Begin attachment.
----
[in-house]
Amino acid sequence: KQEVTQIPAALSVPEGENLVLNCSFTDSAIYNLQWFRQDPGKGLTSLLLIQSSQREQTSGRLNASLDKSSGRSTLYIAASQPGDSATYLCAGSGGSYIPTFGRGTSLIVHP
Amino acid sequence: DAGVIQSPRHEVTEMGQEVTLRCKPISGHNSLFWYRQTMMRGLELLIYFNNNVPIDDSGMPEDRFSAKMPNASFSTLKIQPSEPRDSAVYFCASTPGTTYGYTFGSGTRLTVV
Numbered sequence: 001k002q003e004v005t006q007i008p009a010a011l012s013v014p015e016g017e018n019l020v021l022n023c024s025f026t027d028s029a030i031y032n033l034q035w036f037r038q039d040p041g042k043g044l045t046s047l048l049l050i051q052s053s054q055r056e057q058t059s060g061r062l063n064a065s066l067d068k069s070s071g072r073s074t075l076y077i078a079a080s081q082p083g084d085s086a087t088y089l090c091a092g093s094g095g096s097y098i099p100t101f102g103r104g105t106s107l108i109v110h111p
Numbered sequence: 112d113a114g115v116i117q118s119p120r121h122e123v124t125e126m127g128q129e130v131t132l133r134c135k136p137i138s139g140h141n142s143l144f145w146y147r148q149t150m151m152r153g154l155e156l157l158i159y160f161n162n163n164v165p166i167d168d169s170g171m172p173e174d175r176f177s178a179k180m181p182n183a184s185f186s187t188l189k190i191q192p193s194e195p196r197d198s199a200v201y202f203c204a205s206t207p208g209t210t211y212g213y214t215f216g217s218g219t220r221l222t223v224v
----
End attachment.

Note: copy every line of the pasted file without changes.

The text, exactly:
[in-house]
Amino acid sequence: KQEVTQIPAALSVPEGENLVLNCSFTDSAIYNLQWFRQDPGKGLTSLLLIQSSQREQTSGRLNASLDKSSGRSTLYIAASQPGDSATYLCAGSGGSYIPTFGRGTSLIVHP
Amino acid sequence: DAGVIQSPRHEVTEMGQEVTLRCKPISGHNSLFWYRQTMMRGLELLIYFNNNVPIDDSGMPEDRFSAKMPNASFSTLKIQPSEPRDSAVYFCASTPGTTYGYTFGSGTRLTVV
Numbered sequence: 001k002q003e004v005t006q007i008p009a010a011l012s013v014p015e016g017e018n019l020v021l022n023c024s025f026t027d028s029a030i031y032n033l034q035w036f037r038q039d040p041g042k043g044l045t046s047l048l049l050i051q052s053s054q055r056e057q058t059s060g061r062l063n064a065s066l067d068k069s070s071g072r073s074t075l076y077i078a079a080s081q082p083g084d085s086a087t088y089l090c091a092g093s094g095g096s097y098i099p100t101f102g103r104g105t106s107l108i109v110h111p
Numbered sequence: 112d113a114g115v116i117q118s119p120r121h122e123v124t125e126m127g128q129e130v131t132l133r134c135k136p137i138s139g140h141n142s143l144f145w146y147r148q149t150m151m152r153g154l155e156l157l158i159y160f161n162n163n164v165p166i167d168d169s170g171m172p173e174d175r176f177s178a179k180m181p182n183a184s185f186s187t188l189k190i191q192p193s194e195p196r197d198s199a200v201y202f203c204a205s206t207p208g209t210t211y212g213y214t215f216g217s218g219t220r221l222t223v224v